The Academy of American Poets website has posted a fine essay by Dan Albergotti on the poetry of Jack Gilbert. Now in his 80s, this reclusive poet is equal parts Desert Father and Zorba the Greek. His work combines the spiritual purity of long solitude with an earthy, almost childlike delight in physical pleasures. Of his fourth and most recent collection, Refusing Heaven (2005), Albergotti observes:
Fittingly, there is a sense of finality to these poems. In a recent interview with John Freeman for Poets & Writers, Gilbert said multiple times as a matter of fact and without self-pity, “I am probably going to die in the next few years.” With characteristically perfect self-awareness, he understands and accepts the declining arc of this life that he has dedicated to poetry. In fact, Gilbert has always embraced his mortality in a way that recalls Keats. He believes in the inevitability and finality of our bodies’ failure, but also in the redemptive power of the heart and imagination in the time we are allowed. In “The Manger of Incidentals,” he insists, “We live the strangeness of being momentary, / and still we are exalted by being temporary.” Though we may all be doomed to ultimate failure, we can achieve momentary triumph, like Camus’s Sisyphus, with perspective and courage. Even Icarus, a character traditionally mocked for his foolishness, is rehabilitated from such a viewpoint. In “Failing and Flying,” Gilbert says, “Everyone forgets that Icarus also flew.” The flying was worth the fall. The revelation was worth the hardship. At the end of the poem, Gilbert makes an assertion that I cannot help reading in the context of his refusal of literary stardom and his embracing of obscurity and poverty: “I believe Icarus was not failing as he fell, / but just coming to the end of his triumph.”I had the privilege of hearing Gilbert read at Smith College two years ago. Though wizened and frail, he still had a fire in his eyes that might well attract a sensitive young poetess. He couldn’t see the words on the page too well, and at one point, after stumbling over the words of his poem, he shrugged and smiled, and said, “Whatever.” That mix of humility and virile assurance is the basis for his unique charisma —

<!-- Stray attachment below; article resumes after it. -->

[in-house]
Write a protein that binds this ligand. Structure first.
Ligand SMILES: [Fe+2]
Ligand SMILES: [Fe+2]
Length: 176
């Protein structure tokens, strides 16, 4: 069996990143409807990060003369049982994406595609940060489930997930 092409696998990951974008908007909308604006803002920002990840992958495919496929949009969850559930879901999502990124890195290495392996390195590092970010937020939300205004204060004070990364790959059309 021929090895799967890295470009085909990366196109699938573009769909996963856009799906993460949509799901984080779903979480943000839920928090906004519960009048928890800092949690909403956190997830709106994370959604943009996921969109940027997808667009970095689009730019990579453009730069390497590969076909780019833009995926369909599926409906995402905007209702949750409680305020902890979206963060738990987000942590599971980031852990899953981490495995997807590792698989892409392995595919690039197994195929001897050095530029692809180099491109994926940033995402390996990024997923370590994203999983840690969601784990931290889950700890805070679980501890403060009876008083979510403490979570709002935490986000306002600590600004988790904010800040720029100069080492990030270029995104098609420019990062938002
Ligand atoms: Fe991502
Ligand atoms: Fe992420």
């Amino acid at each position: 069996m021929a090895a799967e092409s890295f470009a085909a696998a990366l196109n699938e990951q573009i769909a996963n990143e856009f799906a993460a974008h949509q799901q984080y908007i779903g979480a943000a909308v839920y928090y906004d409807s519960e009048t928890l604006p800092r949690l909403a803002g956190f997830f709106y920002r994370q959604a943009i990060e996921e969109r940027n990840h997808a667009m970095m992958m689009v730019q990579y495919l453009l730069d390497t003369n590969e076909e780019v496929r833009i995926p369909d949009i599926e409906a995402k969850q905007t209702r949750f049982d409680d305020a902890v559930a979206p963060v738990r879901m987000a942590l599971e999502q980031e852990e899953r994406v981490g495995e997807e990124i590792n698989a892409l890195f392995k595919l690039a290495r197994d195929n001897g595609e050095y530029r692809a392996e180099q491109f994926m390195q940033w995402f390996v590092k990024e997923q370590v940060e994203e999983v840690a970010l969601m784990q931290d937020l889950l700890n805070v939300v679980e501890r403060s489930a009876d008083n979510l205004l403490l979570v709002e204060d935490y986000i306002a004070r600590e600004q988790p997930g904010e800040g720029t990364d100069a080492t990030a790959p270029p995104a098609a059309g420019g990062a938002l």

a word that comes from charism, an anointing, a sacred gift.